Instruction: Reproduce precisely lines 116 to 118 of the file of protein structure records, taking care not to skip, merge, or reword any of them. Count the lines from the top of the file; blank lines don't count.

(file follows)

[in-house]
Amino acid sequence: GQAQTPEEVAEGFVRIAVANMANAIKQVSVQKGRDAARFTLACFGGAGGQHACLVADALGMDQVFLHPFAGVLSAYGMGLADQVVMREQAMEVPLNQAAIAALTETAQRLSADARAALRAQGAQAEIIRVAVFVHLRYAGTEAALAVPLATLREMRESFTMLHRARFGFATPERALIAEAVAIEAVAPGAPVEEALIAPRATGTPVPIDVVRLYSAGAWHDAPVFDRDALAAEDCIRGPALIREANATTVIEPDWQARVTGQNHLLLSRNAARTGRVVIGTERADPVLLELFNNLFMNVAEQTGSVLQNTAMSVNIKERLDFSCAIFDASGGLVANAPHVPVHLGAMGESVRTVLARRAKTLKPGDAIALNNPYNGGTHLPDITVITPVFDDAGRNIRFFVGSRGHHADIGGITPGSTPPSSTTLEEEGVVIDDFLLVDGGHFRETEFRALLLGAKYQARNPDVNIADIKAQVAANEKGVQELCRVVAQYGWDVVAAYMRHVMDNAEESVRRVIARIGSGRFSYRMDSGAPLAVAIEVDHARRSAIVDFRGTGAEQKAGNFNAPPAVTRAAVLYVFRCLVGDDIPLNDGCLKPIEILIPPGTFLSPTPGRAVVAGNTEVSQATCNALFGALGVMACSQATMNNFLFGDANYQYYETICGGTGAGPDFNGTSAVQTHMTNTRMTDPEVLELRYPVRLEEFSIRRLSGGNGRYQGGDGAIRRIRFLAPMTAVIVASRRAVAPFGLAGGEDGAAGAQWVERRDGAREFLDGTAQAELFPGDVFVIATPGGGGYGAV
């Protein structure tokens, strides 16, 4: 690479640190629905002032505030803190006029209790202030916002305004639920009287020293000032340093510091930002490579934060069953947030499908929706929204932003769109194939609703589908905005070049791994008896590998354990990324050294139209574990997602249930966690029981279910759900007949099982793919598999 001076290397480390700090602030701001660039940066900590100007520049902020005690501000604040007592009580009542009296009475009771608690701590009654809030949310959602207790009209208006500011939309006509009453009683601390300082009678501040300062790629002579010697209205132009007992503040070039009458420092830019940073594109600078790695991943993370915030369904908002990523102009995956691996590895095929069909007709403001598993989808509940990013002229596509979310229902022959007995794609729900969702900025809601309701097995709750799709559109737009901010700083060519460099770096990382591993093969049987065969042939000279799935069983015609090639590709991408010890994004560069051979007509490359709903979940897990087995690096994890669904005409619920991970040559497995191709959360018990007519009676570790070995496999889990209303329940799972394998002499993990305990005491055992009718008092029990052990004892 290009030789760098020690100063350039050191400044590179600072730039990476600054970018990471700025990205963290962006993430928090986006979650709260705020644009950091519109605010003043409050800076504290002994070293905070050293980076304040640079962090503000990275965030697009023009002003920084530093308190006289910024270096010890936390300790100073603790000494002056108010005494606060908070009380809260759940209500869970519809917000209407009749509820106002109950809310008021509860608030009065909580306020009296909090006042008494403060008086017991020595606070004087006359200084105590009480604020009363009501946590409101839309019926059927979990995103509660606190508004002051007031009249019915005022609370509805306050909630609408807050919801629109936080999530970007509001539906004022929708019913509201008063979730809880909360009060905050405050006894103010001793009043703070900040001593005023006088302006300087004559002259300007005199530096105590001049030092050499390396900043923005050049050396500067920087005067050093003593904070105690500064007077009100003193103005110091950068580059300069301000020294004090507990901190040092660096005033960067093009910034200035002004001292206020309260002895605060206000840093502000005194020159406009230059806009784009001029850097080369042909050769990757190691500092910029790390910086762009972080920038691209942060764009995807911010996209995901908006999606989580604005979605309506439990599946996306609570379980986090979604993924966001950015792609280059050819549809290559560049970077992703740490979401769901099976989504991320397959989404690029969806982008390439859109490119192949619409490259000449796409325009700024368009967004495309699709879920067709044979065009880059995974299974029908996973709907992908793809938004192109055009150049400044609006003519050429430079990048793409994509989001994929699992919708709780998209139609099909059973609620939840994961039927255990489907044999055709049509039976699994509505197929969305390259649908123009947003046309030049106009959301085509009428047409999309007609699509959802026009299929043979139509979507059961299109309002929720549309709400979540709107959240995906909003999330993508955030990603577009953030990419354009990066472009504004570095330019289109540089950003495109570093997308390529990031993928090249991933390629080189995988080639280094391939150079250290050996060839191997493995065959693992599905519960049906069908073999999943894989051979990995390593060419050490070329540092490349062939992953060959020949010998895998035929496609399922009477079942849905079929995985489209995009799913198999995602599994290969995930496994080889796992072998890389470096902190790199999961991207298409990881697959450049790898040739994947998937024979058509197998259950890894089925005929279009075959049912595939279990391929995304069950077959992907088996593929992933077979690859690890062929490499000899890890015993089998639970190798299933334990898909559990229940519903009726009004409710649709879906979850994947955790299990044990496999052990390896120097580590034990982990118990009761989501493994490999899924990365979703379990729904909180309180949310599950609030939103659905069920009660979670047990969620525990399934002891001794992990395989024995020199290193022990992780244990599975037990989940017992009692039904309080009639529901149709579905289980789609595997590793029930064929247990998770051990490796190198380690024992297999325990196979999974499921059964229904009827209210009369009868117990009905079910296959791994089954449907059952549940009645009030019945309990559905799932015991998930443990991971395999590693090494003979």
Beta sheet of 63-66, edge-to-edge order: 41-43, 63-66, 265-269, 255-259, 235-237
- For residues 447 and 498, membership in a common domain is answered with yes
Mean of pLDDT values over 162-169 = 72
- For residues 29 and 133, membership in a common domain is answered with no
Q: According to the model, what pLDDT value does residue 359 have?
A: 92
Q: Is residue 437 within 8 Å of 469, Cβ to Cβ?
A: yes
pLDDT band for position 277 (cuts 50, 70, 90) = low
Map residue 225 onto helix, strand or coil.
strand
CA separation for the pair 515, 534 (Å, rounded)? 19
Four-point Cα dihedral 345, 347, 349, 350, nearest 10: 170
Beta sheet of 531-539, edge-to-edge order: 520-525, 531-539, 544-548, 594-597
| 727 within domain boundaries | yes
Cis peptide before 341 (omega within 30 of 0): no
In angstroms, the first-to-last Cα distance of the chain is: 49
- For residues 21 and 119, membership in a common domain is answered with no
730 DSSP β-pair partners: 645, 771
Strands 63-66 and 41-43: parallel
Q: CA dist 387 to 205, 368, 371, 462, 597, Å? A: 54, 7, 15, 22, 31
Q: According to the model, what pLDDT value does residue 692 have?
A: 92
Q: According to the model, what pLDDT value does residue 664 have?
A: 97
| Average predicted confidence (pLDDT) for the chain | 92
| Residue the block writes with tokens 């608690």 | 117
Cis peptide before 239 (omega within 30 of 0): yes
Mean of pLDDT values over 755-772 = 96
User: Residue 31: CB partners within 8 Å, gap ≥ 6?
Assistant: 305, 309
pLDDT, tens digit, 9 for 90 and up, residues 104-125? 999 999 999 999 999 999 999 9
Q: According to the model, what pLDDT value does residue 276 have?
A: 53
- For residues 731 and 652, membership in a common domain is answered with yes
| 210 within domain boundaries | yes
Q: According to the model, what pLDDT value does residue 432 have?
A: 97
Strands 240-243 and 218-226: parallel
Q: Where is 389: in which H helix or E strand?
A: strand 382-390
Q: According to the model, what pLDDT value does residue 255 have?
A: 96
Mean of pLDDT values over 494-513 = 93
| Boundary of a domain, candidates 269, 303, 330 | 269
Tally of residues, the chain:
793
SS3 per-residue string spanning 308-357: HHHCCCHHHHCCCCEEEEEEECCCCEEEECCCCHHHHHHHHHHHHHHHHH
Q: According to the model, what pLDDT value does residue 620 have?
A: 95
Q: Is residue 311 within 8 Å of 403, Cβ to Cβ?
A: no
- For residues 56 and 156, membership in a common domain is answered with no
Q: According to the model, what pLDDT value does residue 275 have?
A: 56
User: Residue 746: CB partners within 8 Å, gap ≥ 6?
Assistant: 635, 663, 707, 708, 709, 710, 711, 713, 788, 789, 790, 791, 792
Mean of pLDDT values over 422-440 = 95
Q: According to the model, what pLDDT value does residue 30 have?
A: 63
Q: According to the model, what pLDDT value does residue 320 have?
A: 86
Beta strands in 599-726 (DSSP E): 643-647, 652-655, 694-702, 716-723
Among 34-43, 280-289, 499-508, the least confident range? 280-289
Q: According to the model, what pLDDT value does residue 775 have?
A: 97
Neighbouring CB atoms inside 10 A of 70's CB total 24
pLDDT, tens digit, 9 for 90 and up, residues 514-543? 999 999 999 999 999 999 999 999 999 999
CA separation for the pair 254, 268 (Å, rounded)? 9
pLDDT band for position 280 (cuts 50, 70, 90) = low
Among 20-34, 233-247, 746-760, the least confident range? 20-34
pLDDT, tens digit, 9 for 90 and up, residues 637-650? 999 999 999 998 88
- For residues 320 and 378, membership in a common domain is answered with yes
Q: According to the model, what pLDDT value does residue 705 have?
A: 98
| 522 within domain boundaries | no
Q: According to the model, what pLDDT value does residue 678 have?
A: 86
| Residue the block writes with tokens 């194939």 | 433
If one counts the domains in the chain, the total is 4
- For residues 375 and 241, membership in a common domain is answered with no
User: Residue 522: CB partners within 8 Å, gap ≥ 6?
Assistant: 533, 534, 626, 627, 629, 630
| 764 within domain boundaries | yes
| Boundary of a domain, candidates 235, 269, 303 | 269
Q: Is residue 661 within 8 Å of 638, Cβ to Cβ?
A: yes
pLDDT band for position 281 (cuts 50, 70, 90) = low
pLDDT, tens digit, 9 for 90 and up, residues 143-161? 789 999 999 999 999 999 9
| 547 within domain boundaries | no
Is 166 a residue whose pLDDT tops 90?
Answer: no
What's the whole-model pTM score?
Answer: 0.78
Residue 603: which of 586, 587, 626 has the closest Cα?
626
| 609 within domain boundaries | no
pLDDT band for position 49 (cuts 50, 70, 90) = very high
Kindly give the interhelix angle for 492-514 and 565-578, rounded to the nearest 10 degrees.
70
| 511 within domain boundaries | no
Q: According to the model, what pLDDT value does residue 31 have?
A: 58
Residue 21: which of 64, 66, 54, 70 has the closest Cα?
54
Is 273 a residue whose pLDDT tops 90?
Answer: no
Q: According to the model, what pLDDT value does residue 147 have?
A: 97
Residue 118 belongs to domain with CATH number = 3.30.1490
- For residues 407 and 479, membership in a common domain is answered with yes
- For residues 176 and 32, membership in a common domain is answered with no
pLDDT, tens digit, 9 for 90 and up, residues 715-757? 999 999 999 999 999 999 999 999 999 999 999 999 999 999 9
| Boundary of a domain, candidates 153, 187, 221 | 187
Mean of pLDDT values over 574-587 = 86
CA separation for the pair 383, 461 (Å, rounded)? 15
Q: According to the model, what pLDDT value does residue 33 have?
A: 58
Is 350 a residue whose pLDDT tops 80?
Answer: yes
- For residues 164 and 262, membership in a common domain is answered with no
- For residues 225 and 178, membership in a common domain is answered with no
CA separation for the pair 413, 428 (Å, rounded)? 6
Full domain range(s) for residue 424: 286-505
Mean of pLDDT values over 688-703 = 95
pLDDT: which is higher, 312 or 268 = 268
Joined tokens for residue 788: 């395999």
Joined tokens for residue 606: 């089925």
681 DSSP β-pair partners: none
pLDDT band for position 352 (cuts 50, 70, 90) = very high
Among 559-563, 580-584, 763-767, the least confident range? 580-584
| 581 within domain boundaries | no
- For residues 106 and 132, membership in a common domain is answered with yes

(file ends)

pLDDT, tens digit, 9 for 90 and up, residues 715-757? 999 999 999 999 999 999 999 999 999 999 999 999 999 999 9
| Boundary of a domain, candidates 153, 187, 221 | 187
Mean of pLDDT values over 574-587 = 86